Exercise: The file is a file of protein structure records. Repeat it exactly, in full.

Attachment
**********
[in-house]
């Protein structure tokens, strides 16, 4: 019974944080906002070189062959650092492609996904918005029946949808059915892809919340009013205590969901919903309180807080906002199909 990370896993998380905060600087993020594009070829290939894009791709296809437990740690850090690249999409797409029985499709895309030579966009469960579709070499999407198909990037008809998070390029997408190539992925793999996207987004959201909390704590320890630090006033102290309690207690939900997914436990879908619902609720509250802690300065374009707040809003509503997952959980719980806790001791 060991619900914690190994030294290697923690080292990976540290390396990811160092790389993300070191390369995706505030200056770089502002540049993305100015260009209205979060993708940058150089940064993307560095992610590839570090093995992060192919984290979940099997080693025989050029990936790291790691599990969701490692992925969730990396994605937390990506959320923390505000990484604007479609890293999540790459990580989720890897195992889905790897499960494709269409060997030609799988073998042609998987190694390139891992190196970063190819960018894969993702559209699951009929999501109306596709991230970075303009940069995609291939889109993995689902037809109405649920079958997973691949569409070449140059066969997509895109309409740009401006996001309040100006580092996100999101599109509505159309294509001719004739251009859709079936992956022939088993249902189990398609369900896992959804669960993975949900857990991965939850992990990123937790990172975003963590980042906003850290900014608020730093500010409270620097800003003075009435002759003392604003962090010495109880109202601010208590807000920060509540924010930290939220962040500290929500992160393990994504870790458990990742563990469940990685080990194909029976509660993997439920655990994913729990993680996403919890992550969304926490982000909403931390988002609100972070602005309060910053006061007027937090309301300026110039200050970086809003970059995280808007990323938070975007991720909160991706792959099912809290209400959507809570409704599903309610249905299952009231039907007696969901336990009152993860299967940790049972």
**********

[in-house]
């Protein structure tokens, strides 16, 4: 019974944080906002070189062959650092492609996904918005029946949808059915892809919340009013205590969901919903309180807080906002199909 990370896993998380905060600087993020594009070829290939894009791709296809437990740690850090690249999409797409029985499709895309030579966009469960579709070499999407198909990037008809998070390029997408190539992925793999996207987004959201909390704590320890630090006033102290309690207690939900997914436990879908619902609720509250802690300065374009707040809003509503997952959980719980806790001791 060991619900914690190994030294290697923690080292990976540290390396990811160092790389993300070191390369995706505030200056770089502002540049993305100015260009209205979060993708940058150089940064993307560095992610590839570090093995992060192919984290979940099997080693025989050029990936790291790691599990969701490692992925969730990396994605937390990506959320923390505000990484604007479609890293999540790459990580989720890897195992889905790897499960494709269409060997030609799988073998042609998987190694390139891992190196970063190819960018894969993702559209699951009929999501109306596709991230970075303009940069995609291939889109993995689902037809109405649920079958997973691949569409070449140059066969997509895109309409740009401006996001309040100006580092996100999101599109509505159309294509001719004739251009859709079936992956022939088993249902189990398609369900896992959804669960993975949900857990991965939850992990990123937790990172975003963590980042906003850290900014608020730093500010409270620097800003003075009435002759003392604003962090010495109880109202601010208590807000920060509540924010930290939220962040500290929500992160393990994504870790458990990742563990469940990685080990194909029976509660993997439920655990994913729990993680996403919890992550969304926490982000909403931390988002609100972070602005309060910053006061007027937090309301300026110039200050970086809003970059995280808007990323938070975007991720909160991706792959099912809290209400959507809570409704599903309610249905299952009231039907007696969901336990009152993860299967940790049972």